In this Issue:
Source: National Center for Rural Early Childhood Learning Initiatives - Retrieved March 17, 2006
A new report from the National Center for Rural Early Childhood Learning Initiatives describes disparities between rural and non-rural children. The report used baseline data from the Early Childhood Longitudinal Study (ECLS) birth and kindergarten cohorts (ECLS-B and ECLS-K). It suggests that rural children are 60 percent more likely to be placed in special education in kindergarten than non-rural chidlren. Only 66.3 percent of rural white children were proficient in letter recognition when they entered kindergarten compared to 76.6 percent of non-rural white children. Only 54.1 percent of black rural children were proficient in letter recognition compared to 63.7 percent of non-rural black children. Regardless of background, significantly more non-rural children were proficient in identifying the beginning sounds of words than rural children. Additionally, rural children were more likely to attend Head Start before kindergarten.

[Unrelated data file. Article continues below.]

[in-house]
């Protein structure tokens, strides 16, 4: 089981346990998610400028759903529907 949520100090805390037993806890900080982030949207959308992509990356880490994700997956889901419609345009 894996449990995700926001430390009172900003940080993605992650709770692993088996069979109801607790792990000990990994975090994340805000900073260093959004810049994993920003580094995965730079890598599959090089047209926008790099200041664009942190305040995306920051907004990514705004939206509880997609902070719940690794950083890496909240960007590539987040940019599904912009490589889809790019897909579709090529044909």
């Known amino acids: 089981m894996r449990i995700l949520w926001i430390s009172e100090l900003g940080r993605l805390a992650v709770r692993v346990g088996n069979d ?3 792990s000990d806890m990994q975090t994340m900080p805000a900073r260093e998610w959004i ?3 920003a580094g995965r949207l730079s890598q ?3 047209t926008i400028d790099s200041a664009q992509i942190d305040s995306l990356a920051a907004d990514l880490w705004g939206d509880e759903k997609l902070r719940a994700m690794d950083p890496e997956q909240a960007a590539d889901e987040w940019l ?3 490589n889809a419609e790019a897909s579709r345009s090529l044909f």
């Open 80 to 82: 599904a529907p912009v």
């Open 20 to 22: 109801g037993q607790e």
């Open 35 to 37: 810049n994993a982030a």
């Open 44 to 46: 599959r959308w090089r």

The report is entitled Rural Disparities in Baseline Data of the Early Childhood Longitudinal Study: A Chartbook (Rural Early Childhood Report No. 3) and can be accessed online by following the following links:
Source: CLASP - March 16, 2006
In 2004, CLASP surveyed states with mixed-delivery pre-kindergarten programs to understand the policy choices, opportunities, and challenges of including community-based child care providers in their pre-k programs. A new Web page on their site offers detailed descriptions of each of the 28 states' responses to the survey. It is available at http://www.clasp.org/publications/stateprofiles.htm
Source: NIEER - Retrieved March 17, 2006
A new working paper from the National Institute of Early Education Research (NIEER) describes the results of a randomized trial of the effects of dual language or two-way immersion and monolingual English immersion preschool programs on children's learning. Comparisons between the programs were made on measures of children's growth in language, emergent literacy, and mathematics. Available online at http://nieer.org/resources/research/TwoWay.pdf.